Continuing from the last post regarding God choosing to harden the hearts of some…
Romans 9:19 “Thou wilt say then unto me, Why doth he yet find fault? For who hath resisted his will? “
Again, Paul is anticipating the questions of the readers of this letter. The question--If God hardens someone’s heart, how can He condemn that person for something over which he had no control?
Romans 9:20-21 Nay but, O man, who art thou that repliest against God? Shall the thing formed say to him that formed it, Why hast thou made me thus? Hath not the potter power over the clay, of the same lump to make one vessel unto honour, and another unto dishonour?
Paul is firm in his reply that we have no right to question the authority of God. God Himself answered this thought through the prophet Jeremiah.
Jeremiah 18:3-6 “Then I went down to the potter’s house, and, behold, he wrought a work on the wheels. And the vessel that he made of clay was marred in the hand of the potter: so he made it again another vessel, as seemed good to the potter to make it. Then the word of the LORD came to me, saying, O house of Israel, cannot I do with you as this potter? saith the LORD. Behold, as the clay is in the potter’s hand, so are ye in mine hand, O house of Israel.”
And the prophet Isaiah.
Isaiah 29:16 “…. for shall the work say of him that made it, He made me not? or shall the thing framed say of him that framed it, He had no understanding?” (Note: This is a rhetorical question with an obvious answer—NO.)
God creates every person according to His own purposes. That purpose includes the ability to choose whether or not to follow God in faith and obedience. Each person has an inner understanding of God’s declaration of Himself through creation.
Romans 1:19–20 “Because that which may be known of God is manifest in them; for God hath shewed it unto them. For the invisible things of him from the creation of the world are clearly seen, being understood by the things that are made, even his eternal power and Godhead; so that they are without excuse:”
Romans 9:22-23 “What if God, willing to shew his wrath, and to make his power known, endured with much longsuffering the vessels of wrath fitted to destruction: And that he might make known the riches of his glory on the vessels of mercy, which he had afore prepared unto glory,”
These verses just build on the thoughts presented above in my opinion. It is important to note that the word “what” is not in the original; sometimes the translators make understanding more difficult by the words they add. In fact, it sounds like Paul is saying that God “endured with much longsuffering” the wickedness of those who chose to reject Him. Those are vessels “fitted to destruction”—condemned for eternity.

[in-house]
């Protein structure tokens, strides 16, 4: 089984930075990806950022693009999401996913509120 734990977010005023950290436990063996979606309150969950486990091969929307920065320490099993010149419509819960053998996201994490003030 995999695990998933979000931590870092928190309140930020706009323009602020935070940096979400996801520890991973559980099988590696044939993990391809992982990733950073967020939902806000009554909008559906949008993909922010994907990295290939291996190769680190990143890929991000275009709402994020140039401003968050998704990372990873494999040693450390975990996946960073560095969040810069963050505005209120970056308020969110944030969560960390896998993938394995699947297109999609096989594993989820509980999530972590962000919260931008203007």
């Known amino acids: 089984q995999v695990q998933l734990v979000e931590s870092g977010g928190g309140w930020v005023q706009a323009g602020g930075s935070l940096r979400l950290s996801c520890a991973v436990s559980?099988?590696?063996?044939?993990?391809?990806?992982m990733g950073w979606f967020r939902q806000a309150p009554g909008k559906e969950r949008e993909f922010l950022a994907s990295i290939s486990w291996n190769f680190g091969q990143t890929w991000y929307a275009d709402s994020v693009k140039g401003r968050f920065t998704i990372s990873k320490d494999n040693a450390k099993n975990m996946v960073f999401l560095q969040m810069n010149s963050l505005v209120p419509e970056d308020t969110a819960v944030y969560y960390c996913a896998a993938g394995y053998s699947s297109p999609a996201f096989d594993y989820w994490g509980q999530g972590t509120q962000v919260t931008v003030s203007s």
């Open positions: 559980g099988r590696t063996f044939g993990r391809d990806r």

John 3:18 “He that believeth on him is not condemned: but he that believeth not is condemned already, because he hath not believed in the name of the only begotten Son of God.”
Why was He so longsuffering? To make use of these wicked vessels to demonstrate His wrath (punishment, vengeance, anger) and His power in order to declare Himself and draw to Himself “the vessels of mercy,” those who would turn to Him in faith and repentance.
There has to be a contrast between good and evil for man to recognize his need for a Savior. God purposed through men of faith to demonstrate the contrast of blessing for following Him in faith and obedience and judgment for those who choose to reject Him.
“afore prepared unto glory” – This takes us back to Romans 8:29-30: “For whom he did foreknow, he also did predestinate to be conformed to the image of his Son, that he might be the firstborn among many brethren. Moreover whom he did predestinate, them he also called: and whom he called, them he also justified: and whom he justified, them he also glorified.”
Romans 9:24 “Even us, whom he hath called, not of the Jews only, but also of the Gentiles? As he saith also in Osee, I will call them my people, which were not my people; and her beloved, which was not beloved.”
“Even us” = vessels of mercy
Paul is saying that the children of faith, the vessels of honor, would consist of Jews and Gentiles. Through the inspiration of the Spirit, Paul declares this to be the fulfillment of the prophecy of Hosea.
Hosea 2:23 “And I will sow her unto me in the earth; and I will have mercy upon her that had not obtained mercy; and I will say to them which were not my people [the Gentiles], Thou art my people; and they shall say, Thou art my God.” [brackets mine]
Romans 9:26 “And it shall come to pass, that in the place where it was said unto them, Ye are not my people; there shall they be called the children of the living God.”
Another quote from Hosea: Hosea 1:10 “Yet the number of the children of Israel shall be as the sand of the sea, which cannot be measured nor numbered; and it shall come to pass, that in the place where it was said unto them, Ye are not my people, there it shall be said unto them, Ye are the sons of the living God.”
I tend to think this verse is emphasizing the restoration of the people of Israel to relationship with Jehovah. He had scattered them to the far ends of the earth and this is a promise that they will once again be brought back to the place from which God dispersed them—the land of Israel—as children of the living God, part of the family of faith.